How To Control and Prevent Cucumber Beetles?

Last Updated on April 12, 2024 by Real Men Sow

Cucumber beetles can cause damage at any stage of plant life. They can cause damage to your plants by feeding and also transmit bacterial wilt. You’ll notice one morning when you walk into your garden that your gourd crops or seedlings seem to be in a bad shape all of a sudden. What can you do?

First of all, you need to find the problem. Cucumber beetles are most likely the culprit. Although it’s not easy to completely stop cucumber beetles from infesting your garden, you can take preventative steps and implement control measures to keep them at bay.

What does a cucumber beetle look like?

There are six types of cucumber beetles found in the United States. However, only two of them are the most common to damage your crops, the Spotted Cucumber Beetle and the Striped Cucumber Beetle. These beetles have yellowish wings and measure approximately 1/5” long and 1/10″ wide.

Identifying a Cucumber Beetle

There are six types of cucumber beetle found in the United States. However, most infestations will occur from one of these two species. Here are some tips to help you identify adult cucumber beetles.


  • They are laid in groups in the soil near the base of the host plants
  • Yellowish orange in color


  • Known as the We
  • Off-white in color
  • stern Corn Rootworm
  • About 3/8 inches long


  • About 1/5 inches long by 1/10 inch wide
  • Three longwise black stripes from head to tip with yellow wings
  • Has antennae and the head is black.
  • The area behind the head is orange-yellow prothorax

What can these cucumber beetles do?

Cucumber beetles can cause severe damage to your cucurbits. They eat from any part of the plant. The mature beetles eat the leaves of both seedlings as well as mature plants. After they hatch, the larvae of the cucumber beetle feed on underground roots and stems.

A minor infestation can be controlled and most mature plants will recover. However, a major infestation or one that infests small seedlings may cause severe damage and won’t be salvageable.

Erwinia Traceiphila bacteria

Cucumber bugs, especially striped cucumber beetles, can be carriers of Erwinia Traceiphila bacteria. This causes bacterial wilt in their stomachs and spreads through their feces to their mouthparts when they eat a leaf.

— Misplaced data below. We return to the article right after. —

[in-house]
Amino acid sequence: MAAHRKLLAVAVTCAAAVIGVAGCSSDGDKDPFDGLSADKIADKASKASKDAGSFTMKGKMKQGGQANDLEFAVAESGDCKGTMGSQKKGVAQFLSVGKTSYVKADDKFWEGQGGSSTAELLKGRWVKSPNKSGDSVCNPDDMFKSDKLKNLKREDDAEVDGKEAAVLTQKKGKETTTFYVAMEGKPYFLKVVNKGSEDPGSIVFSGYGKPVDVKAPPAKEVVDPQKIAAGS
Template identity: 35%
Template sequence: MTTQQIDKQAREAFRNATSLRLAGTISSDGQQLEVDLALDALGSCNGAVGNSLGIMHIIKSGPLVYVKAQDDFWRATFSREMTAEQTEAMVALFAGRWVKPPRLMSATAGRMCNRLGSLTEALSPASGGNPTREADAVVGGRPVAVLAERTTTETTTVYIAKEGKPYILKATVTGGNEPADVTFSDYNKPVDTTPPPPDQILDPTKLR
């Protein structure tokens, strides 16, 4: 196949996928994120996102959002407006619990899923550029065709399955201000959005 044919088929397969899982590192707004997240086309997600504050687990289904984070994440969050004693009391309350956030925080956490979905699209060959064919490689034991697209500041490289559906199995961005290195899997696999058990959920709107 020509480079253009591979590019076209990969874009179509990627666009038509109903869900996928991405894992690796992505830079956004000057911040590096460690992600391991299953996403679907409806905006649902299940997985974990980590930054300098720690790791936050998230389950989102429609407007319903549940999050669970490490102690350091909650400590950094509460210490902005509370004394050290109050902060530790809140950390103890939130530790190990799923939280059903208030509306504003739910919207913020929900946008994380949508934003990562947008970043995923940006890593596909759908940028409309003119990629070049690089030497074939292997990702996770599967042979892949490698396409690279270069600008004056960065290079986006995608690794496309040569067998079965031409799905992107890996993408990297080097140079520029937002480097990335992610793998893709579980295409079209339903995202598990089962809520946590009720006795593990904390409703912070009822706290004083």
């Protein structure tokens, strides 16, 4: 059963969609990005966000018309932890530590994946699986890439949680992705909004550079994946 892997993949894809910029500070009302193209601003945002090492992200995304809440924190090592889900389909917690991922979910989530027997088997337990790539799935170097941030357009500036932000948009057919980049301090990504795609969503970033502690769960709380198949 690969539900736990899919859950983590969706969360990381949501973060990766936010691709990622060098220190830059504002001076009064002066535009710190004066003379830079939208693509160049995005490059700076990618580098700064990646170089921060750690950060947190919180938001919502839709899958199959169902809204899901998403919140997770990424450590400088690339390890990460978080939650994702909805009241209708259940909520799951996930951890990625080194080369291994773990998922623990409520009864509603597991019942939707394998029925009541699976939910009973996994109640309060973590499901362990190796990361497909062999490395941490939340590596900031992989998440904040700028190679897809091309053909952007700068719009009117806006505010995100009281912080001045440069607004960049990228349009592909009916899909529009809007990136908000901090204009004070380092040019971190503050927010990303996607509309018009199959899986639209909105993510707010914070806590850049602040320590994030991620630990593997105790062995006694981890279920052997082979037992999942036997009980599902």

Plants infected by bacterial wilt can begin to wilt and the leaves will turn yellow and die eventually. Once the disease has spread quickly, the whole plant could die within days. This disease causes wilting by infecting the plant’s vascular system. There is no way to save a plant infected by bacterial wilt and should be destroyed and removed.

Cucurbits are affected by bacterial wilt in different ways. The most susceptible to bacterial wilt are cucumbers and muskmelon. Squash, pumpkins, and watermelons are usually quite tolerant to bacterial wilt or even resistant.

Tip: Wilting in cucumbers and squash is not caused by bacteria. Wilting can also be caused by squash bugs, squash vine borers, dehydration, and cucumber mosaic virus. Before diagnosing, be sure to check for any signs that indicate a disease or insect.

Are cucumber beetles dangerous?

Cucumber beetles can be controlled in small numbers, as well as on mature plants. Cucumber beetles can cause severe damage to plants, whether they are in large numbers or as seedlings. Remember that even small numbers of cucumber beetles can spread bacteria wilt, so it is best to get rid of the problem as soon as possible.

Are there natural enemies to cucumber beetles?

Although it is not an easy fix, increasing the natural predators for cucumber beetles can help to prevent future infestations. These beneficial insects are natural enemies to cucumber beetles:

  • Ladybugs  
  • Braconid wasps  
  • Beneficial nematodes
  • Soldier beetles
  • Green lacewing
  • Assassin bugs

These beneficial insects can be attracted by you planting companion crops, or nearby cover crops such as sweet clover, which has been shown to increase cantaloupe crop yields by decreasing the cucumber beetle population. Cucumber beetles can also be controlled by plants that increase beneficial insect populations.

Drawing away cucumber beetles

To repel cucumber beetles, companion planting is another option. Interplanting high-scent flowers and herbs with cucumber beetles will confuse them so they don’t find your cucurbits. You have many options for fragrant plants, including marigold, sage, and catnip.

A trap crop is another way to plant cucumber beetles. A trap crop is a type of plant that is used in the garden as a sacrificial lamb. Two weeks before your main crop, plant a crop that is especially tasty to cucumber beetles around the garden’s perimeter. You can leave the rest alone as the beetles will only be attracted to this plant. The trap crop can then destroy these cucumber beetles by either mechanical (flaming, vacuuming using a shop vacuum, or handpicking), or biological (organic insecticides).